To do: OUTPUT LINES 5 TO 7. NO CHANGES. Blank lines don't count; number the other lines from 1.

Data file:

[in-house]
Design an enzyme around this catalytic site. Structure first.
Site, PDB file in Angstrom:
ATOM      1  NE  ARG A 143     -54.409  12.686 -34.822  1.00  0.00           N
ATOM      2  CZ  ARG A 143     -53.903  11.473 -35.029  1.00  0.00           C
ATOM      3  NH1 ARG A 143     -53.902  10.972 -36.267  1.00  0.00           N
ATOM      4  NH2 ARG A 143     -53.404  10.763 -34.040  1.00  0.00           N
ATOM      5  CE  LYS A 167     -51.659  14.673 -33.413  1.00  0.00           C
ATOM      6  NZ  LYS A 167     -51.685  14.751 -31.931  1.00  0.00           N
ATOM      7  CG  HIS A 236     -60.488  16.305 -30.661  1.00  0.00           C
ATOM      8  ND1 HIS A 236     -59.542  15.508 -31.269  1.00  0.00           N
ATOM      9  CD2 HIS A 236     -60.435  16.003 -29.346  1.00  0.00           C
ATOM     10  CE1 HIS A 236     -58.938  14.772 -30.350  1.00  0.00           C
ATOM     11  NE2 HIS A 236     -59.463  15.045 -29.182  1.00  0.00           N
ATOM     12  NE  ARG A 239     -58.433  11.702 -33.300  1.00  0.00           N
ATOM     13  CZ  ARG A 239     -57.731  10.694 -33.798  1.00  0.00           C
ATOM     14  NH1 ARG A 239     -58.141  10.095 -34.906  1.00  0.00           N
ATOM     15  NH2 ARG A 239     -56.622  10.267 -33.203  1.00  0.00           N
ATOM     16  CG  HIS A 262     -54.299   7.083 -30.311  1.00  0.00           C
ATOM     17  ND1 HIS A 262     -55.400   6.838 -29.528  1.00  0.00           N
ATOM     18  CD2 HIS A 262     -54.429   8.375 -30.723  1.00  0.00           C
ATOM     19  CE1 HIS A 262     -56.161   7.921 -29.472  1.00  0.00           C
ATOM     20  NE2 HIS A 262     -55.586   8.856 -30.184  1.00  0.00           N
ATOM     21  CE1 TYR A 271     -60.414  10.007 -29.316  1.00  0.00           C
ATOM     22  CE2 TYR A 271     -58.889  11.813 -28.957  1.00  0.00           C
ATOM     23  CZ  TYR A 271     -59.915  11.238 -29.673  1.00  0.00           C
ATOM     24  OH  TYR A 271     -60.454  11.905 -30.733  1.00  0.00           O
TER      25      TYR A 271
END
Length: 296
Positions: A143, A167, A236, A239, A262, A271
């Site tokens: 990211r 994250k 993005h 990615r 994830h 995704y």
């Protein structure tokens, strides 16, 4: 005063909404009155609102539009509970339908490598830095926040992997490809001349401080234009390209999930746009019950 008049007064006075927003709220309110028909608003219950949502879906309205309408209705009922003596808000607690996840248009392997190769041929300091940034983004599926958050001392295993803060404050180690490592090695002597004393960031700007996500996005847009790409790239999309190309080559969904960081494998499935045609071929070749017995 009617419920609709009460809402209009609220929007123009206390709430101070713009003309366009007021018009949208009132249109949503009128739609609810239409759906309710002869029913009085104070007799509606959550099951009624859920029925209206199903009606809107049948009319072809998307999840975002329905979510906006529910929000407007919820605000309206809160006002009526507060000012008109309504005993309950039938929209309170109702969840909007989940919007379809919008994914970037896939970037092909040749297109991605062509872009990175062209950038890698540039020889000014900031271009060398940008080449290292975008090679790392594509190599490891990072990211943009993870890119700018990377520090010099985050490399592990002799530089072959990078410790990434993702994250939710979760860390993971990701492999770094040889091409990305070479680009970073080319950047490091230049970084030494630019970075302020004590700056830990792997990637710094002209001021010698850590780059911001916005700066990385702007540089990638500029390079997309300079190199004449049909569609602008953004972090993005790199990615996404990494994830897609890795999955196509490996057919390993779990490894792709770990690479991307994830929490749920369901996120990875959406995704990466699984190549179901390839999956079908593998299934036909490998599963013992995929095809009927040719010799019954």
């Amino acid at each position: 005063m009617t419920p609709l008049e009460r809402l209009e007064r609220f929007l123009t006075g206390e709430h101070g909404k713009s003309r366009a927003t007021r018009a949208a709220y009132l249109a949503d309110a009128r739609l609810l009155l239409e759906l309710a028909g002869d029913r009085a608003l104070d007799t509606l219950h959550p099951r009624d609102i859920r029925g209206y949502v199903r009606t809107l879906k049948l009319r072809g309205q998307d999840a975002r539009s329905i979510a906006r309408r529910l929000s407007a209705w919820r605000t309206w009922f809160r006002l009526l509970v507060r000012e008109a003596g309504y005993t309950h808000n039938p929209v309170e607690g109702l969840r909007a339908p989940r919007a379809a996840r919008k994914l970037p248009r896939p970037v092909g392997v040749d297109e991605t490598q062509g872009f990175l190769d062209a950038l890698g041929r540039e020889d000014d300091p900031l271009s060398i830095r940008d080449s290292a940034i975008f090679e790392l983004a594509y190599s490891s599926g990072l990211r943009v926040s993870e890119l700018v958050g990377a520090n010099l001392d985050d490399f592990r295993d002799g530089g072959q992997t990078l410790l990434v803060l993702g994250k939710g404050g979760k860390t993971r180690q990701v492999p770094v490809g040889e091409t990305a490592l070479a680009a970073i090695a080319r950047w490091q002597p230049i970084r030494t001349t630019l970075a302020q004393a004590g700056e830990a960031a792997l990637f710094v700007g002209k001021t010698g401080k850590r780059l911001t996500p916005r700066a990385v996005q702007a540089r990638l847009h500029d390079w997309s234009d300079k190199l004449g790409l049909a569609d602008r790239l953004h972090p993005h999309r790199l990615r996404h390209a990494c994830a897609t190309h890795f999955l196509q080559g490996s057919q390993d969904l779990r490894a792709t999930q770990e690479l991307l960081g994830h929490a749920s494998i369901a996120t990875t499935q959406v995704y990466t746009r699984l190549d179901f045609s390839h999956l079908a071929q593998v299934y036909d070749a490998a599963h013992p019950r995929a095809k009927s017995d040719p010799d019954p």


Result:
ATOM      2  CZ  ARG A 143     -53.903  11.473 -35.029  1.00  0.00           C
ATOM      3  NH1 ARG A 143     -53.902  10.972 -36.267  1.00  0.00           N
ATOM      4  NH2 ARG A 143     -53.404  10.763 -34.040  1.00  0.00           N